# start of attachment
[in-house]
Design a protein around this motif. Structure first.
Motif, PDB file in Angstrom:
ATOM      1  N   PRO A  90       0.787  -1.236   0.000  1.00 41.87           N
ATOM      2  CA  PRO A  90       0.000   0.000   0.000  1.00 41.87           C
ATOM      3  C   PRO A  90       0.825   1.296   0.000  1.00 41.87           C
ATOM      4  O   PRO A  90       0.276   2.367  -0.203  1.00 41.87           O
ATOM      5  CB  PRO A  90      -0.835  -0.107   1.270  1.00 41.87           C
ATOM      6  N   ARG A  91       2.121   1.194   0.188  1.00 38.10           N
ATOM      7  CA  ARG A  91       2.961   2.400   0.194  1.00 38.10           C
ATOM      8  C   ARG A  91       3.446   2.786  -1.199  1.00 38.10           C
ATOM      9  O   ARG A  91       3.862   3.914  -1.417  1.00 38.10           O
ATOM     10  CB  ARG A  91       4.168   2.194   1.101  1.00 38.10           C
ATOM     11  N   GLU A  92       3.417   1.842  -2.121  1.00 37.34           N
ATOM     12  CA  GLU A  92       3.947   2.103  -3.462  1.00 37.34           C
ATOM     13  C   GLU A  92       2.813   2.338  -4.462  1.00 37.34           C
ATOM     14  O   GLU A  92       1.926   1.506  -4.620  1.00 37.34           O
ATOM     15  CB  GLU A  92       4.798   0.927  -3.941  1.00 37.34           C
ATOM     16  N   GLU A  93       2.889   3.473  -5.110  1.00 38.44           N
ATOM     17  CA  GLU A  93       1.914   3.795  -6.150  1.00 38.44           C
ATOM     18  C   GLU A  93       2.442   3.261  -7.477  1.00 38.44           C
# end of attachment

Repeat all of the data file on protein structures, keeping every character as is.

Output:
[in-house]
Design a protein around this motif. Structure first.
Motif, PDB file in Angstrom:
ATOM      1  N   PRO A  90       0.787  -1.236   0.000  1.00 41.87           N
ATOM      2  CA  PRO A  90       0.000   0.000   0.000  1.00 41.87           C
ATOM      3  C   PRO A  90       0.825   1.296   0.000  1.00 41.87           C
ATOM      4  O   PRO A  90       0.276   2.367  -0.203  1.00 41.87           O
ATOM      5  CB  PRO A  90      -0.835  -0.107   1.270  1.00 41.87           C
ATOM      6  N   ARG A  91       2.121   1.194   0.188  1.00 38.10           N
ATOM      7  CA  ARG A  91       2.961   2.400   0.194  1.00 38.10           C
ATOM      8  C   ARG A  91       3.446   2.786  -1.199  1.00 38.10           C
ATOM      9  O   ARG A  91       3.862   3.914  -1.417  1.00 38.10           O
ATOM     10  CB  ARG A  91       4.168   2.194   1.101  1.00 38.10           C
ATOM     11  N   GLU A  92       3.417   1.842  -2.121  1.00 37.34           N
ATOM     12  CA  GLU A  92       3.947   2.103  -3.462  1.00 37.34           C
ATOM     13  C   GLU A  92       2.813   2.338  -4.462  1.00 37.34           C
ATOM     14  O   GLU A  92       1.926   1.506  -4.620  1.00 37.34           O
ATOM     15  CB  GLU A  92       4.798   0.927  -3.941  1.00 37.34           C
ATOM     16  N   GLU A  93       2.889   3.473  -5.110  1.00 38.44           N
ATOM     17  CA  GLU A  93       1.914   3.795  -6.150  1.00 38.44           C
ATOM     18  C   GLU A  93       2.442   3.261  -7.477  1.00 38.44           C